And here’s where I am today: I’ve been negotiating with my mortgage lender since last November to no avail. My original lender was bought out by another, who claimed to have lost all my paperwork. I had the local bank branch manager handle my most recent submission, which they finally received and processed. Now I was not hopeful about this because the bank manager herself admitted that she was unsuccessful with negotiating a loan modification with her own employer. And as expected, I was turned down for the modification four weeks ago and became despondent.
After some thought and additional research, I eventually decided to enlist the help of the state Housing Authority. After two meetings, they agreed to represent my interests to try to get a loan modification and also directed me to a wealth of local resources including possible free legal services.
These days, I feel more hopeful that I am headed in the right direction after reading statements from Edward A. Mermelstein, a New York real estate attorney where he states the following: it’s in the best interest of banks to cooperate with their customers and rework and modify their loan rates since the institutions are not in the business of foreclosure. The banks want to keep loans alive and so will be willing to work with you if you are falling behind with your payments. Do your research on foreclosure laws that govern your specific state as the laws can be different, depending on where you live.
Can Troubled Homeowners Get Help For Free?
The short answer? YES.
Prior to contacting the Housing Authority for help (the assistance they offer is free!), I had spoken with some debt counselors (e.g. Home Foreclosure Fighter) whom I connected with through online searches and ads. But these folks all wanted a fee, something I can’t afford to pay right now. It didn’t make sense for me to pay for any more services when I could no longer afford my own mortgage.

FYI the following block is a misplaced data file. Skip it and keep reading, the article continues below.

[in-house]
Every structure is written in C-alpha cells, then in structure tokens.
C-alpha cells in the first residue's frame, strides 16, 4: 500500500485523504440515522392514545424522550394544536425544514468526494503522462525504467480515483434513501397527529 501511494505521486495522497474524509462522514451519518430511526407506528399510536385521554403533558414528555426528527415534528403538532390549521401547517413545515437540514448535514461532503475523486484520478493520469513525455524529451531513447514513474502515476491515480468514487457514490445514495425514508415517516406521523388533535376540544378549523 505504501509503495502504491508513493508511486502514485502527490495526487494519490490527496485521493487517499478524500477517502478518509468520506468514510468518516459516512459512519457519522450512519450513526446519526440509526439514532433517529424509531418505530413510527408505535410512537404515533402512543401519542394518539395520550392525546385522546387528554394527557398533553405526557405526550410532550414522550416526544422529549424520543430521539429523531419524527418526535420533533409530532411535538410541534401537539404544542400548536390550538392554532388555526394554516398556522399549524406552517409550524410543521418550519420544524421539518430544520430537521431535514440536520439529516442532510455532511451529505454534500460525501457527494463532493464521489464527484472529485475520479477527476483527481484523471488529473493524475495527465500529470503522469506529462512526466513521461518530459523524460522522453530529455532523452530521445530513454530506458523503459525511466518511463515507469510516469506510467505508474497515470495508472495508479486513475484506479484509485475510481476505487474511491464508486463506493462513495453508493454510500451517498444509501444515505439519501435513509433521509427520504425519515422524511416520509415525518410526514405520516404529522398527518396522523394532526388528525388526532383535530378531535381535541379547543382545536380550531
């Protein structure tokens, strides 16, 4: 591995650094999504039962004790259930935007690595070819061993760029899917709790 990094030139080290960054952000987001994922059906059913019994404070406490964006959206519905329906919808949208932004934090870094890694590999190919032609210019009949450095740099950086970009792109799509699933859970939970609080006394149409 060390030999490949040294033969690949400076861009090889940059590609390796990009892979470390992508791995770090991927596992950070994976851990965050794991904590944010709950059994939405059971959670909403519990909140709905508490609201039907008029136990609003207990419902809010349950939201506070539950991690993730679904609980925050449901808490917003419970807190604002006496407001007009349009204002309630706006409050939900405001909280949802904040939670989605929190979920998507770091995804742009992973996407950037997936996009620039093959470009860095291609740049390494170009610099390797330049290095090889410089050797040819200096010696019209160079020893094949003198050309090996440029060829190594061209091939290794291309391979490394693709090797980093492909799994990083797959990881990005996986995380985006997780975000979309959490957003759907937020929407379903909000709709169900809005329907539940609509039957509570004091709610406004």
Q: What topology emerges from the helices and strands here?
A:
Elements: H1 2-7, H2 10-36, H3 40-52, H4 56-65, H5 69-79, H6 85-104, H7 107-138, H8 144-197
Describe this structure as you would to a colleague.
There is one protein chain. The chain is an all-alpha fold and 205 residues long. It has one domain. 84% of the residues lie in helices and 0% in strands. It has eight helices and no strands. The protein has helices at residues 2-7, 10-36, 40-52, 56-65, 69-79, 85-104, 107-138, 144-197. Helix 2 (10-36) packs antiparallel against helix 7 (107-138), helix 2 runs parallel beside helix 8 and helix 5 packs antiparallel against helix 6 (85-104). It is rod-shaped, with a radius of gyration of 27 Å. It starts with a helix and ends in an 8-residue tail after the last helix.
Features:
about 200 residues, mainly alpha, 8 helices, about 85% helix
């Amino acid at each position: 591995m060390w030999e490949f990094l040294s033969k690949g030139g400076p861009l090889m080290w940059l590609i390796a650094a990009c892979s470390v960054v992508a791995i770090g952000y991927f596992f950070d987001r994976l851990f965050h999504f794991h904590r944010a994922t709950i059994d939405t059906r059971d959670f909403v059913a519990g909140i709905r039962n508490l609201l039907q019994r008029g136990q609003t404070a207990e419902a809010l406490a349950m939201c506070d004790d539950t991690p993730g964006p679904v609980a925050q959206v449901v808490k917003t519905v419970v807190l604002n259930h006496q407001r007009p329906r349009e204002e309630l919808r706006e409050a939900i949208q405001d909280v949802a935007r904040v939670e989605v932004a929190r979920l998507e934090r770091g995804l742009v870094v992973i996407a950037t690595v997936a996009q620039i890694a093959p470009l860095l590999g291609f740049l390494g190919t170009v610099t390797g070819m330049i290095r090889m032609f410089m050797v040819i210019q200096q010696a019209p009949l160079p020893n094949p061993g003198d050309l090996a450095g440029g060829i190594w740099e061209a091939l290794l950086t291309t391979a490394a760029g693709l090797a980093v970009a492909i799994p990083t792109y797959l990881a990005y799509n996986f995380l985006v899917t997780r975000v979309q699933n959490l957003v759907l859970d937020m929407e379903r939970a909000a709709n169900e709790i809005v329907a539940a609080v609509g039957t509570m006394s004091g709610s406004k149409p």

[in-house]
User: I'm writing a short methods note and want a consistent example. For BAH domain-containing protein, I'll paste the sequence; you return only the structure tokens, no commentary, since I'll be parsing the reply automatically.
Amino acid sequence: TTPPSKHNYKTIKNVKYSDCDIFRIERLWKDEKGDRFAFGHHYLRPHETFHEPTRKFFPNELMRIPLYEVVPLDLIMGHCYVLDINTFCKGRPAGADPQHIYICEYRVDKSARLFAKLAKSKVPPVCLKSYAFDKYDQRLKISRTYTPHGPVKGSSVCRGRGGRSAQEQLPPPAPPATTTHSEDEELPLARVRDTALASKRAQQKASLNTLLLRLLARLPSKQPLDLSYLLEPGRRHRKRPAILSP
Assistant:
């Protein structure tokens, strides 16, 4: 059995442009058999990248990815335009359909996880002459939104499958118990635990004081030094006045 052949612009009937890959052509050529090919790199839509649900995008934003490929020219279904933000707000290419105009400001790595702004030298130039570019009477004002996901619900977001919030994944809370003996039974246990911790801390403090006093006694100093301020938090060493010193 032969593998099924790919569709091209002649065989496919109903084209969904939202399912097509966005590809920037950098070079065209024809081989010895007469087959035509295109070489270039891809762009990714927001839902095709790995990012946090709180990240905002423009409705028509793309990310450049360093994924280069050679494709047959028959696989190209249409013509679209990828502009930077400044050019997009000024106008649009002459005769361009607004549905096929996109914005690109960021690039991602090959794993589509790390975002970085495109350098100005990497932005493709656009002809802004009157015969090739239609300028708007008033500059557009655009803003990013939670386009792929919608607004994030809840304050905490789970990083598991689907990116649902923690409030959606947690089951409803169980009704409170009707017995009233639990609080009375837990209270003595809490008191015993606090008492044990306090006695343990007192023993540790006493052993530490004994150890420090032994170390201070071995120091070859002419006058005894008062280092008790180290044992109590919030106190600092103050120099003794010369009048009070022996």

According to Brian Mikelbank, a Cleveland State University professor, homeowners should try not to pay for assistance. He states: “There are other resources that are financing the (housing authority) counselors, enabling them to offer free services.” He suggests looking for help through HUD (Housing and Urban Development) counselors and community leaders: “If foreclosure can’t be avoided, these are the folks that can help you get out… with the least amount of damage to the rest of your financial situation.”
The Bottom Line
No matter which way my situation goes, I realize I am not completely doomed. Linda Ferrari, author of “The Big Score”, states:
“If the Fair Credit Reporting Act doesn’t require lenders to report negative information at all or in a specific manner, then this leaves the door wide open for negotiating deletions or non-reporting of these items.”
While a loan modification will lower my credit rating, it won’t make as much of an impact as foreclosure or bankruptcy. If the terms are negotiated well, I might even be able to have negative credit notes removed. On the other hand, if we are unable to reach a settlement, a short sale or deed in lieu of foreclosure might be the only remaining path for me to take. I will keep everyone posted about my progress and findings.